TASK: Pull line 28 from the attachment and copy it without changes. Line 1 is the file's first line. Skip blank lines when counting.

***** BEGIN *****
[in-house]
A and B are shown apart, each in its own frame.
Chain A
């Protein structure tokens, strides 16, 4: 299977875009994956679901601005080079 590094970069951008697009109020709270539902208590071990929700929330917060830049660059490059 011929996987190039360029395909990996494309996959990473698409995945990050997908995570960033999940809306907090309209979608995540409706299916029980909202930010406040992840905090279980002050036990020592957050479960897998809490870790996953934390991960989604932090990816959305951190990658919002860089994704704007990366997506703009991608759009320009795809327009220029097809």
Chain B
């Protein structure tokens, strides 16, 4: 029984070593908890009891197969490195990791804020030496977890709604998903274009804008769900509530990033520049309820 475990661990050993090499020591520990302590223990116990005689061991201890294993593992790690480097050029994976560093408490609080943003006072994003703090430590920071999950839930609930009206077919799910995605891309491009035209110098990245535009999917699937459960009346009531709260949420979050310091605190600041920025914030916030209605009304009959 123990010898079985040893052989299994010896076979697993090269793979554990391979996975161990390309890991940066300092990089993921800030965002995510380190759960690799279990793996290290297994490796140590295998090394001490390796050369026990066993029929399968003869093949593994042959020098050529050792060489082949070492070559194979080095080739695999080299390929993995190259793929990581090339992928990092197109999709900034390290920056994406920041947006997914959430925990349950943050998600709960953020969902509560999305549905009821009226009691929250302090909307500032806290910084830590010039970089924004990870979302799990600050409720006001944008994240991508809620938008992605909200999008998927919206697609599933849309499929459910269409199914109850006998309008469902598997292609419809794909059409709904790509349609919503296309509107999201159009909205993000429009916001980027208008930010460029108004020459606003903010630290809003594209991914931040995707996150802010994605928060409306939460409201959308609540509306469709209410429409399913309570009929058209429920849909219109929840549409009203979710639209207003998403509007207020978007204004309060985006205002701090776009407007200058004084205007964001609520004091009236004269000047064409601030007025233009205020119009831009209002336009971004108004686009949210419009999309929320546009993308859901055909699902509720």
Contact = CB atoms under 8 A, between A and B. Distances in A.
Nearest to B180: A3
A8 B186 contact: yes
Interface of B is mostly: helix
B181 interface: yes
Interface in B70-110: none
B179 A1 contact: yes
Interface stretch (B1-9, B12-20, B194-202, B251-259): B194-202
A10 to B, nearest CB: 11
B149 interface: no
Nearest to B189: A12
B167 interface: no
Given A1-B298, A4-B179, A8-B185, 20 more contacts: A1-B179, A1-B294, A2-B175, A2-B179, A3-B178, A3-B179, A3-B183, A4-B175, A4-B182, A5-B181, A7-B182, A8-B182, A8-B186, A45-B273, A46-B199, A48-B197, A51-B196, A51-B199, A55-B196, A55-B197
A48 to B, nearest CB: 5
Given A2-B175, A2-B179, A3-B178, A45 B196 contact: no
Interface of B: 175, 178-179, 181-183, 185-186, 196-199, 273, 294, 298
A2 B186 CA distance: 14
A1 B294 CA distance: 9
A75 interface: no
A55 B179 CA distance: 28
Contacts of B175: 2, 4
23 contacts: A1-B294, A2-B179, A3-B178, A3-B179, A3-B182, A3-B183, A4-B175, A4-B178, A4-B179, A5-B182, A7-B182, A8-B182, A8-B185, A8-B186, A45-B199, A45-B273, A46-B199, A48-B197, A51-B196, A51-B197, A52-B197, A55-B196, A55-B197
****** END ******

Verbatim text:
23 contacts: A1-B294, A2-B179, A3-B178, A3-B179, A3-B182, A3-B183, A4-B175, A4-B178, A4-B179, A5-B182, A7-B182, A8-B182, A8-B185, A8-B186, A45-B199, A45-B273, A46-B199, A48-B197, A51-B196, A51-B197, A52-B197, A55-B196, A55-B197